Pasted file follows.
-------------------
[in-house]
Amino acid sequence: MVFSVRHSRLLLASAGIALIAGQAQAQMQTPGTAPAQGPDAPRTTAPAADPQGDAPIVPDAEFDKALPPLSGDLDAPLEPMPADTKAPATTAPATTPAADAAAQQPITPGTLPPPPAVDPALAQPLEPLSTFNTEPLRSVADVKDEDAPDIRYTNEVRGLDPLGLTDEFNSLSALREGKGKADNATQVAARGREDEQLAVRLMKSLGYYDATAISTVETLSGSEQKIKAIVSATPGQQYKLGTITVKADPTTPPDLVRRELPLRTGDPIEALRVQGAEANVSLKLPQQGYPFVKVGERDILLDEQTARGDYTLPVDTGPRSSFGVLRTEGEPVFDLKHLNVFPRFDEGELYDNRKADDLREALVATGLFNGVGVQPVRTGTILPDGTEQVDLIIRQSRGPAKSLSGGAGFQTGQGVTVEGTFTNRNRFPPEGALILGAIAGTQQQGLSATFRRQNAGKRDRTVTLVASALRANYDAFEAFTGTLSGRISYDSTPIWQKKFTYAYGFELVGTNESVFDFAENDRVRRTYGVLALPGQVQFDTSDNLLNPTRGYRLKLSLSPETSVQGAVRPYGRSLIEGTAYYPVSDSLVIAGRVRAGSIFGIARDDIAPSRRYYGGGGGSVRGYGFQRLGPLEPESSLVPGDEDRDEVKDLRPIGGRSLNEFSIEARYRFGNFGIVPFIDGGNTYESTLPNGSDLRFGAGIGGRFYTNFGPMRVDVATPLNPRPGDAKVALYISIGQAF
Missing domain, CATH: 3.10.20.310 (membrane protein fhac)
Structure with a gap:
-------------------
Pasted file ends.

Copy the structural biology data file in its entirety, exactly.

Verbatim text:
[in-house]
Amino acid sequence: MVFSVRHSRLLLASAGIALIAGQAQAQMQTPGTAPAQGPDAPRTTAPAADPQGDAPIVPDAEFDKALPPLSGDLDAPLEPMPADTKAPATTAPATTPAADAAAQQPITPGTLPPPPAVDPALAQPLEPLSTFNTEPLRSVADVKDEDAPDIRYTNEVRGLDPLGLTDEFNSLSALREGKGKADNATQVAARGREDEQLAVRLMKSLGYYDATAISTVETLSGSEQKIKAIVSATPGQQYKLGTITVKADPTTPPDLVRRELPLRTGDPIEALRVQGAEANVSLKLPQQGYPFVKVGERDILLDEQTARGDYTLPVDTGPRSSFGVLRTEGEPVFDLKHLNVFPRFDEGELYDNRKADDLREALVATGLFNGVGVQPVRTGTILPDGTEQVDLIIRQSRGPAKSLSGGAGFQTGQGVTVEGTFTNRNRFPPEGALILGAIAGTQQQGLSATFRRQNAGKRDRTVTLVASALRANYDAFEAFTGTLSGRISYDSTPIWQKKFTYAYGFELVGTNESVFDFAENDRVRRTYGVLALPGQVQFDTSDNLLNPTRGYRLKLSLSPETSVQGAVRPYGRSLIEGTAYYPVSDSLVIAGRVRAGSIFGIARDDIAPSRRYYGGGGGSVRGYGFQRLGPLEPESSLVPGDEDRDEVKDLRPIGGRSLNEFSIEARYRFGNFGIVPFIDGGNTYESTLPNGSDLRFGAGIGGRFYTNFGPMRVDVATPLNPRPGDAKVALYISIGQAF
Missing domain, CATH: 3.10.20.310 (membrane protein fhac)
Structure with a gap: